Saving for a deposit can be hard, but it is well worth it if it means that you can
purchase your first home. Follow these simple steps and you will be opening the door to
your new abode in no time at all.
- In order to save, you need to budget - use the four step process below.
- List your income - including salary, dividends from shares, interest on bank accounts and anything else that generates income.
- List your unavoidable expenses - including rent, utilities, car repayments, car registration and insurance, HECS repayments, personal loans and credit card repayments.
- List your avoidable expenses - including clothes and shoes, restaurants, entertainment, hair and cosmetics, taxis and gifts.
- Calculate what's left over - this exercise should help you review your spending patterns and make alterations.
- There are numerous practical budgeting tips to help you on your savings pathway:
- Keep a record of everything you spend over a 30 day period. It’s amazing to see what you actually spend your money on.
- It’s better to overestimate rather than underestimate your expenses.
- Organisation is paramount - don't guess at the figures, rely on old bills and check the real amounts. You need to know how much you have, down to the last cent.
- Regularly review your bank records, balance your cheque book and reflect on your budget strategy.
- Become a conscious spender by making a list before you grocery shop and sticking to it. Compare prices before buying large items and never buy on impulse.
- Possibly give something up - like a gym membership or takeaway dinners - for a couple of months. Money saved each month could be added into your savings plan
- If you smoke, forget the health reasons for quitting - just think about the money!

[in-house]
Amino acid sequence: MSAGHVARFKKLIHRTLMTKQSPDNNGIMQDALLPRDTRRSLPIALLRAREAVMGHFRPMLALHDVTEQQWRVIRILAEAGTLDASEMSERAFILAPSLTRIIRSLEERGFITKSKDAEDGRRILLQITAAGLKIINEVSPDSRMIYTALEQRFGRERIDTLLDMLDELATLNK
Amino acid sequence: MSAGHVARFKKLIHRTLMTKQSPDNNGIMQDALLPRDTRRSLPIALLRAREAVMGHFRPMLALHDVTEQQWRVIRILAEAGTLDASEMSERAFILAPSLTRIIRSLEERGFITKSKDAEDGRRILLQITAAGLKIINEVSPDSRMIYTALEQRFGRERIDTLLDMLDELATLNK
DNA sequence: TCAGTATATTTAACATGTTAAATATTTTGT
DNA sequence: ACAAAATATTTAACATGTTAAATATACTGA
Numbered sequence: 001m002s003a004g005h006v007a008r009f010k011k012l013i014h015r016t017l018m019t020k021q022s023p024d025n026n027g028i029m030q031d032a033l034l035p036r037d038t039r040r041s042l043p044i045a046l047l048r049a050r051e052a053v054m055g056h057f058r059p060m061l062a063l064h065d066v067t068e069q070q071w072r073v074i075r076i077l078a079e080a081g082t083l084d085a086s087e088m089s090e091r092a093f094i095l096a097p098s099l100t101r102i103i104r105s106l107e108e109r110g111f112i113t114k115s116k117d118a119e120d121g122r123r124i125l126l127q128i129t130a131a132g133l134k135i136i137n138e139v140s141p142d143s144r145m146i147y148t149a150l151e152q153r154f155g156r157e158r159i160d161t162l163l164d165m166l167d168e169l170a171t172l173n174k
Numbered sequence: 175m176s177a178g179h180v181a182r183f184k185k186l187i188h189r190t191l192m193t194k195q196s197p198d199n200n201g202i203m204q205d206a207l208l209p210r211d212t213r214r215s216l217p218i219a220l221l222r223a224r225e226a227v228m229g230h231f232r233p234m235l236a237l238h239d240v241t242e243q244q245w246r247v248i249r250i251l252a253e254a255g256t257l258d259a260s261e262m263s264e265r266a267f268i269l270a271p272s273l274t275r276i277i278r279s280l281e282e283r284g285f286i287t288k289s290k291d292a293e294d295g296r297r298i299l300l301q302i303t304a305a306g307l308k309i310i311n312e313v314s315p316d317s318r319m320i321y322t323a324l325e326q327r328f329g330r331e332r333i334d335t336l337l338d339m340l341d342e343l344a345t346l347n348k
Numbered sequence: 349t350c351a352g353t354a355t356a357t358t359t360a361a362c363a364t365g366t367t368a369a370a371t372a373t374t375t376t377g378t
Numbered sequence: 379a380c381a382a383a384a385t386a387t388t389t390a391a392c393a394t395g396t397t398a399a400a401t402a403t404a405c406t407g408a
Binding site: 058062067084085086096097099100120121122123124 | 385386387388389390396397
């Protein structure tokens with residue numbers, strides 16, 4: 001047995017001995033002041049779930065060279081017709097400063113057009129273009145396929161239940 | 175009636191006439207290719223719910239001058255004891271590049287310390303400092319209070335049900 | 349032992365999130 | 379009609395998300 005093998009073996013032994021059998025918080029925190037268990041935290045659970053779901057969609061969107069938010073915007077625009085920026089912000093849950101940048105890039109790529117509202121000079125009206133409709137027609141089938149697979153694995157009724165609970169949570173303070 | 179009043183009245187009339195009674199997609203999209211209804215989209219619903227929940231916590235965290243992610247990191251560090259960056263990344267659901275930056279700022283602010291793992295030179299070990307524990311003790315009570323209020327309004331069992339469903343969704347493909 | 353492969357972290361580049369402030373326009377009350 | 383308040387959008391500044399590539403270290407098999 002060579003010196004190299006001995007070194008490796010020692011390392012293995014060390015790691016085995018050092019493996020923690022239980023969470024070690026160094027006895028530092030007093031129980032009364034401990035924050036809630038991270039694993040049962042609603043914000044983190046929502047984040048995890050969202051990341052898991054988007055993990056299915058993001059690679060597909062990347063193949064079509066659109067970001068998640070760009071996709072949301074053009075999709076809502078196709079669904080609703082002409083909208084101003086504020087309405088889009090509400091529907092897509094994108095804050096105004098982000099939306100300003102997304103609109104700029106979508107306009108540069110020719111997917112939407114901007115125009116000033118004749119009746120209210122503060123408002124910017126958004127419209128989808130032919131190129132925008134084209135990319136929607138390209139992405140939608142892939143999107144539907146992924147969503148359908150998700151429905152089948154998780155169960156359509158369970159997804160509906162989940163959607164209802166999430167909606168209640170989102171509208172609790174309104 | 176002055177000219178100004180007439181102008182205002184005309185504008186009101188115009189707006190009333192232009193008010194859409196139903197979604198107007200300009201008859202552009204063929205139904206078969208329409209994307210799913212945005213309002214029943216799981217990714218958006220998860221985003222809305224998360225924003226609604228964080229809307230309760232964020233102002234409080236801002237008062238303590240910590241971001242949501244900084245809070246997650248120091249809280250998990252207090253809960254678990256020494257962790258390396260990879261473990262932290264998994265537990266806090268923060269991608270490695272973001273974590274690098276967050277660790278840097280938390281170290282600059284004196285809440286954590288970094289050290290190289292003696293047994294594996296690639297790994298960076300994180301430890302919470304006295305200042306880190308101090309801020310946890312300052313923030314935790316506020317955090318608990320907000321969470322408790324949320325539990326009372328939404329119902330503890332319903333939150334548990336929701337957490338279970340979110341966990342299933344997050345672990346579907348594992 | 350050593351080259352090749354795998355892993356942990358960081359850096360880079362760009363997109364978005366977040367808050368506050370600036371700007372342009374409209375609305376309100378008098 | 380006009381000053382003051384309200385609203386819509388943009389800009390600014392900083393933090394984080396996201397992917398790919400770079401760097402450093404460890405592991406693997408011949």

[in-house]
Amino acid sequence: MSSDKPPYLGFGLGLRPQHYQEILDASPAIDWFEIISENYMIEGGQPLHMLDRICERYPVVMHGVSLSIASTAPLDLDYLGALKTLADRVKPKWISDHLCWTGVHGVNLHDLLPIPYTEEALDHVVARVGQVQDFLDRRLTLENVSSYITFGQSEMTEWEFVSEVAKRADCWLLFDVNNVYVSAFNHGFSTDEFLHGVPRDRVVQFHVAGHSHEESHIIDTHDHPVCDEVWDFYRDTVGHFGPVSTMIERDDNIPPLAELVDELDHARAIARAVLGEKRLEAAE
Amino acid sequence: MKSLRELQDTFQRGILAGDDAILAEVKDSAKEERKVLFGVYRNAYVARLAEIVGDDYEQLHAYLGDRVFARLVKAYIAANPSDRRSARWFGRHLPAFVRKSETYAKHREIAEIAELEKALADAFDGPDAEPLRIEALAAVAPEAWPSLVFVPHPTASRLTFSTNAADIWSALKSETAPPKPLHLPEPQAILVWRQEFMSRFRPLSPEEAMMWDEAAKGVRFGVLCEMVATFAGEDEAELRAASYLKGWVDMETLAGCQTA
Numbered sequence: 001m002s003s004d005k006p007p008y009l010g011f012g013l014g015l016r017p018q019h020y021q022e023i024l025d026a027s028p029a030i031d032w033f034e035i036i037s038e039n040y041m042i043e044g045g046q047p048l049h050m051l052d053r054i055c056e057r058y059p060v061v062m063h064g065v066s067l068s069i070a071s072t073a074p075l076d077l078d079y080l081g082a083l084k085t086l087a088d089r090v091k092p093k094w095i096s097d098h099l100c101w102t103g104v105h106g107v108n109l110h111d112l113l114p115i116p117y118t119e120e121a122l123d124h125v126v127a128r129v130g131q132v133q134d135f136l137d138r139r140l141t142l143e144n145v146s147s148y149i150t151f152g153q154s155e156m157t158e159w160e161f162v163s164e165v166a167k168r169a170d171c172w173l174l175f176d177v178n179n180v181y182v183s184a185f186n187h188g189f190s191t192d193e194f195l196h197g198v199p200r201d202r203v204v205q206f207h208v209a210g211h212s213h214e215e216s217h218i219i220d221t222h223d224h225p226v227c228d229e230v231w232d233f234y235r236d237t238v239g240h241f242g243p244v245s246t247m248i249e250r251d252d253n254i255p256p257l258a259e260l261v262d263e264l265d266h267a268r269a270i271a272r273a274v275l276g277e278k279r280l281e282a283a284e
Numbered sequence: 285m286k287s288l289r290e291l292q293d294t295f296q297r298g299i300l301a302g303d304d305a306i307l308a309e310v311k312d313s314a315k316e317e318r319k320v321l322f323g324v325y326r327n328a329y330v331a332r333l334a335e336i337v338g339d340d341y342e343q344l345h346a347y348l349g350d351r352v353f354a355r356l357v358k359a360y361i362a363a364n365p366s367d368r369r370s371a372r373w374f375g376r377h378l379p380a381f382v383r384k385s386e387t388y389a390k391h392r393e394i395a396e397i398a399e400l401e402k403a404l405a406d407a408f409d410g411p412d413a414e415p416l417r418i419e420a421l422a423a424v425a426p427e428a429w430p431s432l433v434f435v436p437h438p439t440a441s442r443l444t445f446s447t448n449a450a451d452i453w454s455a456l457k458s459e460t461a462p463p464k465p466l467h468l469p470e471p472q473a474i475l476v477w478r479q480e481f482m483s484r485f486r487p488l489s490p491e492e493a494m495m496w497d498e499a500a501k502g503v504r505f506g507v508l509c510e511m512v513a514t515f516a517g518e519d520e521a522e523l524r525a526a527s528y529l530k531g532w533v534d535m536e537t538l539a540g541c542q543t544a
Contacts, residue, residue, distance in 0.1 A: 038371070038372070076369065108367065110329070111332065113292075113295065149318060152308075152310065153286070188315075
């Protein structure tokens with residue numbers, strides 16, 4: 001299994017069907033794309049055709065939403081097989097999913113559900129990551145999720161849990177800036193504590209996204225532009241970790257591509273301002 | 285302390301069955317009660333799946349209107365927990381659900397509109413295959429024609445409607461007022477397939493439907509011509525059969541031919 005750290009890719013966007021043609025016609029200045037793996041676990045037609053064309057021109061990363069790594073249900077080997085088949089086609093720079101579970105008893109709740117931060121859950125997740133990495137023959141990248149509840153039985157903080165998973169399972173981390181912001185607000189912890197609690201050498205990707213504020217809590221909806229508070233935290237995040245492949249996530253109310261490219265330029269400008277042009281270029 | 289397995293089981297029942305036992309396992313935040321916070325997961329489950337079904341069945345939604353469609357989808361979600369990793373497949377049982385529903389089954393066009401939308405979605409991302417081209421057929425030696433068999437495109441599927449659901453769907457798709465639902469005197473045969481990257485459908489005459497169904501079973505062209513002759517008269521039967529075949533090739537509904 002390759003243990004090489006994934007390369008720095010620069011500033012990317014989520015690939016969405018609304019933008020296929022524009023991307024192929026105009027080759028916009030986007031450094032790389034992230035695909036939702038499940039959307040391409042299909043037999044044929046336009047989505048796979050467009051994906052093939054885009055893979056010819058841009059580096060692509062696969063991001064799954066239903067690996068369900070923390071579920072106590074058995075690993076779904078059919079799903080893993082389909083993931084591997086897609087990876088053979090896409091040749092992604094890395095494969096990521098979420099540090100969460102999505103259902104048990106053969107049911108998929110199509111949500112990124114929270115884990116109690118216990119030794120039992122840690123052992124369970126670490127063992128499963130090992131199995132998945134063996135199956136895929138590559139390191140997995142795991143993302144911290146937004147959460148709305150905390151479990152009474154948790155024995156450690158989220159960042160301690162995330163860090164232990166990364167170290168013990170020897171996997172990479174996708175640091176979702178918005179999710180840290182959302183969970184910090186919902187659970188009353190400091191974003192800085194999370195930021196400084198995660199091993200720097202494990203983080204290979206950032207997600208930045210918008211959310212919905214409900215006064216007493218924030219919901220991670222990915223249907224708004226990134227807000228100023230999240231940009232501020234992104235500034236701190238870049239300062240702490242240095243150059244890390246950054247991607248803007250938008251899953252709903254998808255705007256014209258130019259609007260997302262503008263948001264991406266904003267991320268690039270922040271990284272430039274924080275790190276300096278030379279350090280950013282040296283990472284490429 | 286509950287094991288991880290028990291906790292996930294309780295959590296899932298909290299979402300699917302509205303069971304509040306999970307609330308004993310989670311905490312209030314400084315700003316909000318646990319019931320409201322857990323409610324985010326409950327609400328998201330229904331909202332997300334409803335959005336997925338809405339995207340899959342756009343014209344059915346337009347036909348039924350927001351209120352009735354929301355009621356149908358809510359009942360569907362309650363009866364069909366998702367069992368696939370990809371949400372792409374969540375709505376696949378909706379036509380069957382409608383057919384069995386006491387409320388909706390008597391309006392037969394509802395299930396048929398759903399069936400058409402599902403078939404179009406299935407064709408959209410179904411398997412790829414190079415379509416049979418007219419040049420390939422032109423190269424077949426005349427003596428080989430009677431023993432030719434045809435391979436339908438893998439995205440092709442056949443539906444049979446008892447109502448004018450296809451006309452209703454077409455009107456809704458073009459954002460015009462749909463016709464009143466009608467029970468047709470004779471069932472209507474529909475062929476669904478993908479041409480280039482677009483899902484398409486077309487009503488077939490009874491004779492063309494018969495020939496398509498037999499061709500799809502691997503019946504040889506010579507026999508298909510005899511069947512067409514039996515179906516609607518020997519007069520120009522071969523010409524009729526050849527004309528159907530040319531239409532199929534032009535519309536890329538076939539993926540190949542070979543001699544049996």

- Place your savings into a high interest, online savings account.
- With home loans, never borrow more than you can afford - ensure your income exceeds your mortgage repayments, with funds left over to cover unexpected costs.
- Factor interest rate rises into your calculations. Assume rates are 2% higher than current levels and then work out if you can afford mortgage repayments.
- Assess fees and charges. Check whether there are early repayment or exit fees for the mortgage products you’re analyzing.
- Say no to increased credit card limit offers - at least until you are easily managing your mortgage repayments.
- Live simply - the simpler you keep your spending habits, the more money you will have to pay off your mortgage.
- Repay more if you can - the more principal repaid, the lower the interest costs. Making extra repayments when you can means that if you have to take time off work, say, on maternity leave, you may be able to reduce your repayments and not be too far behind.
- Make timely debt repayments to keep your credit history clean. If at any time you separate from your spouse or partner, keep up debt repayments on your home loan. If you don't you may blemish your credit profile.
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